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From the time I had daughters of my own, I wanted to find out more about my natural mother, but back then it was tortuous and difficult process. In 2000, I’d got together some basic research, and left a message on a ‘surname forum’ to see if anyone had more information. Eight years later, and when the big websites had made research so much easier, I could trace my family back to the early 1100s: they’d been crooks, pirates, married for money many times, fought bravely in the Civil War, received honours and rewards, and maintained a grand family ‘seat’.
The basic story of Marianne Fraser and the ‘crim.con.’ trial is a true one: Marianne was my five-times great aunt, and I discovered her story while searching the net in the early hours of the morning. The scandalous trial featured as a front-page story of The Times for all four days of the case – when I read it, I knew I’d found a story I wanted to develop.
Going through a 'crim.con' was the only way to get a divorce until the second half of the 19th century, and it was only the husband who could allege 'trespass' on his property, i.e. his wife's body! Many scandals were heard by the Court of Common Pleas. There was the famous case of Mrs Caroline Norton, for example, who was cited by her husband for an alleged affair with Lord Melbourne, the Prime Minister. When she turned to writing as a way to earn a living, her husband successfully claimed possession of her earnings.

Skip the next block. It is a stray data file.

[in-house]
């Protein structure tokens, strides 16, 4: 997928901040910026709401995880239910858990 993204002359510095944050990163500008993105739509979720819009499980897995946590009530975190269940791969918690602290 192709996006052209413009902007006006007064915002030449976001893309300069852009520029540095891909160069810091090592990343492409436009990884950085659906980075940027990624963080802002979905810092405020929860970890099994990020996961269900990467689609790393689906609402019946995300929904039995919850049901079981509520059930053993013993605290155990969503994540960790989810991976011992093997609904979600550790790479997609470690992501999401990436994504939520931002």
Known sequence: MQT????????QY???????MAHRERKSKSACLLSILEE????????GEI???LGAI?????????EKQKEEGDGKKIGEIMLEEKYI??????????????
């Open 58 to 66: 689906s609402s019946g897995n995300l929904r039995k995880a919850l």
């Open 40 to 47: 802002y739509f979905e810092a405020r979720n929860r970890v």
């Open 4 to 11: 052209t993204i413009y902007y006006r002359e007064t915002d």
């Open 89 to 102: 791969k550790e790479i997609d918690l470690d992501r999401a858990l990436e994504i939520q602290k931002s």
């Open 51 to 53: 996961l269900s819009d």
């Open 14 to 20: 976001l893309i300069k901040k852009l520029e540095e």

Of course, this is a work of fiction that simply draws on reality. The Victorian characters are based on how I imagine the real players in this drama might have behaved; there is no connection that I know of to a Canadian hotelier, and Ivan, Ellie and Great Aunt Beth are entirely fictional.
But Marianne and her sisters were left a great deal of money by their father, and wonderful jewellery by their mother...
And my present-day family? I discovered with delight that I have two half-sisters, who found me through complete serendipity and that surname forum. But that’s another story…